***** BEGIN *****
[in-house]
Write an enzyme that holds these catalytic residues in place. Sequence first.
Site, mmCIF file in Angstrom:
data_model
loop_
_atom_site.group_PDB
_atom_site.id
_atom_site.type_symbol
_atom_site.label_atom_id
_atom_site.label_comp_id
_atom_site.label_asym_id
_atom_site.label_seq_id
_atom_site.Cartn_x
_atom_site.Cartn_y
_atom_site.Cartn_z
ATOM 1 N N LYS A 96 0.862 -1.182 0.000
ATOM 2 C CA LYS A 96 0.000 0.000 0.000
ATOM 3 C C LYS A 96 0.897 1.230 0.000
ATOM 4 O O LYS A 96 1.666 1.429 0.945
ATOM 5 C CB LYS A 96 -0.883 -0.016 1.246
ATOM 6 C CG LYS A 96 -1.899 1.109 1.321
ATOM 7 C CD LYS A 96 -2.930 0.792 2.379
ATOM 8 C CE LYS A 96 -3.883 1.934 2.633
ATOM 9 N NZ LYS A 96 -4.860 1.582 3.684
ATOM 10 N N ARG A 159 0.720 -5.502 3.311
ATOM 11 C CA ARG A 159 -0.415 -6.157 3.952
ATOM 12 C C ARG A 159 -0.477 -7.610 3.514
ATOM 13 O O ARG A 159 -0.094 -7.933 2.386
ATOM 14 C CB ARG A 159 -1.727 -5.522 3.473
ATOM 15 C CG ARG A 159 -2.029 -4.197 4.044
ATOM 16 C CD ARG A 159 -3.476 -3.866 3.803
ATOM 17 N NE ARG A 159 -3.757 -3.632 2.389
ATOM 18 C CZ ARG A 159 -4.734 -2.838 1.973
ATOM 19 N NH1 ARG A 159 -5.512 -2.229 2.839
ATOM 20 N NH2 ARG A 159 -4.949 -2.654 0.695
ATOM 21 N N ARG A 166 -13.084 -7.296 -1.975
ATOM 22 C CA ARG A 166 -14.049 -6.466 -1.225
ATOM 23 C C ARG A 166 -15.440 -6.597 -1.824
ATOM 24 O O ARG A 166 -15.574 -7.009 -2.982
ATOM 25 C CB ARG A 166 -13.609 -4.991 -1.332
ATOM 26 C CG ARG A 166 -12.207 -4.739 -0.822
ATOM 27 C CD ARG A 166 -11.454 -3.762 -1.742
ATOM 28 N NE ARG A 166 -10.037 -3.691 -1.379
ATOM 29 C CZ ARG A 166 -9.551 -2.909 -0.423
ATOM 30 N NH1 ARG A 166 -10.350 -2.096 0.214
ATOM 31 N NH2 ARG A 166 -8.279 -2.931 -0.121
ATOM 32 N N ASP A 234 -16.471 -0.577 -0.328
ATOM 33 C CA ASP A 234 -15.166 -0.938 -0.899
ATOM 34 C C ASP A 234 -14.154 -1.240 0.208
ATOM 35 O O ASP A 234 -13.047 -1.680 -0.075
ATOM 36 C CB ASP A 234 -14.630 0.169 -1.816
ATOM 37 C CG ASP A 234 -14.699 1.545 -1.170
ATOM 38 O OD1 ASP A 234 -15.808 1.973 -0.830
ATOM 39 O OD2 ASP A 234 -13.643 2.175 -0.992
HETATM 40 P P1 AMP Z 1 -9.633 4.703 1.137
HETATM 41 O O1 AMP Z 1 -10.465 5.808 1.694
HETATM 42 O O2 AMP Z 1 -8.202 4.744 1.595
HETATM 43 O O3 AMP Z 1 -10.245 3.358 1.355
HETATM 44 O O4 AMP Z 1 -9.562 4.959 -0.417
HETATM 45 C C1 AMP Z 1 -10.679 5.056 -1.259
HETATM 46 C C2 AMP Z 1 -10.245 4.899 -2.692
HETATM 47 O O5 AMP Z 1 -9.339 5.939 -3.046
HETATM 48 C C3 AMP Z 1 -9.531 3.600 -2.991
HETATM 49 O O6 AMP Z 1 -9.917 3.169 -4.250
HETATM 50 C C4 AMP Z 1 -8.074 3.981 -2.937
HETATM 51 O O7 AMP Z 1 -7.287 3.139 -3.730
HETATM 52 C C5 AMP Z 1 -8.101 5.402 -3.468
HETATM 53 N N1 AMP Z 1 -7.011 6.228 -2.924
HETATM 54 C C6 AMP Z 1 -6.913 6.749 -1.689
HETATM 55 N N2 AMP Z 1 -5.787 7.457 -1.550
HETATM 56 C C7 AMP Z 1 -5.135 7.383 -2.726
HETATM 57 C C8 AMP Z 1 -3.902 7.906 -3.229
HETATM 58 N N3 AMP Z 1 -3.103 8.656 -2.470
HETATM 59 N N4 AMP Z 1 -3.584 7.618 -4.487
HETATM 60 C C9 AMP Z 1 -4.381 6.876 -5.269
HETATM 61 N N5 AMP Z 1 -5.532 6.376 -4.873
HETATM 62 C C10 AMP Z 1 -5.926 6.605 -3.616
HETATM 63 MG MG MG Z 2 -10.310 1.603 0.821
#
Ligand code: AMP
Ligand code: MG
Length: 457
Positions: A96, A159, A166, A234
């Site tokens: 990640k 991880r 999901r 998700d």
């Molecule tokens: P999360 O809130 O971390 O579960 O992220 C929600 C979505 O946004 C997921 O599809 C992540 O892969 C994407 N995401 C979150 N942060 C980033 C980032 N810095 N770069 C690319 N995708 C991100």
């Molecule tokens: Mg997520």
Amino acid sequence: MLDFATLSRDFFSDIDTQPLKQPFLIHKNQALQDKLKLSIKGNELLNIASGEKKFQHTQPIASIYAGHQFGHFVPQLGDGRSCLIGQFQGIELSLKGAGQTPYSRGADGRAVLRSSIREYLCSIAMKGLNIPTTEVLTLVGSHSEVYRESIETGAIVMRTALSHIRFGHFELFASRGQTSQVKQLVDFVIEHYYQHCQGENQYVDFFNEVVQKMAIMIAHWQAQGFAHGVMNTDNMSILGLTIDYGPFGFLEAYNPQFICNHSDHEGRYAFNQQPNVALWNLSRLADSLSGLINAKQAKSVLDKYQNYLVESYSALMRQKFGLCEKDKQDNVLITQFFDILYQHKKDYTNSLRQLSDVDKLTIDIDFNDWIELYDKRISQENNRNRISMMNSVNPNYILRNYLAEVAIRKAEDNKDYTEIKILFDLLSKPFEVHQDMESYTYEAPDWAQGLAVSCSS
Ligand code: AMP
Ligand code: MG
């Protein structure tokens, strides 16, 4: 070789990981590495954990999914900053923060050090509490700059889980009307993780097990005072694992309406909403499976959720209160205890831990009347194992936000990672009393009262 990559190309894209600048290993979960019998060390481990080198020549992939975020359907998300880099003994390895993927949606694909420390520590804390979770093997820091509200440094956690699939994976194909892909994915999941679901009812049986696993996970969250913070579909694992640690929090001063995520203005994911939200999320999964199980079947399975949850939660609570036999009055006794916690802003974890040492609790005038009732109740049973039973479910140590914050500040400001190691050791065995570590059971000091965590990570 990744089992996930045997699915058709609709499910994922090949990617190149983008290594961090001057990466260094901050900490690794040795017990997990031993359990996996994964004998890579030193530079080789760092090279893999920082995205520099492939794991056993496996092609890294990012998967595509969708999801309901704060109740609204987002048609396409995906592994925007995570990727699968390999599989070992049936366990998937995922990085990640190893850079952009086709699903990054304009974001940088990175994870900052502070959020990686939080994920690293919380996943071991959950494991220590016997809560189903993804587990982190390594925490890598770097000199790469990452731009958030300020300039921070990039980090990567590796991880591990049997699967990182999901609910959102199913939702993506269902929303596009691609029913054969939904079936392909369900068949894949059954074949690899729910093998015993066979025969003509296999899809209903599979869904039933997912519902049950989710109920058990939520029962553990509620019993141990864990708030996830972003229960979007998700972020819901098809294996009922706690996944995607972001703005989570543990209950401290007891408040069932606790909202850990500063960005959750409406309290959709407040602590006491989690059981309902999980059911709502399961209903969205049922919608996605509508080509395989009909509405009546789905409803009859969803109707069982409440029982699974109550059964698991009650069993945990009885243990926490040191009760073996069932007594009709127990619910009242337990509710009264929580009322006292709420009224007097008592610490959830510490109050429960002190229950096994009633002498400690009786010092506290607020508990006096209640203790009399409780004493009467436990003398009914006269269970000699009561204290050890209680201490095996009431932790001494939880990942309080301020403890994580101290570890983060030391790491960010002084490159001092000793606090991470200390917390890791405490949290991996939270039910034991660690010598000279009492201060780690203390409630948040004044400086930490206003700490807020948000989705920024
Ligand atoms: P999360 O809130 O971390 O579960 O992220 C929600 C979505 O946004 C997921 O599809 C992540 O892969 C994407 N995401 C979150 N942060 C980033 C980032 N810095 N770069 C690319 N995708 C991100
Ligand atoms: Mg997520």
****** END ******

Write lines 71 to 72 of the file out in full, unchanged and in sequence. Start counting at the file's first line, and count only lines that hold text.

HETATM 56 C C7 AMP Z 1 -5.135 7.383 -2.726
HETATM 57 C C8 AMP Z 1 -3.902 7.906 -3.229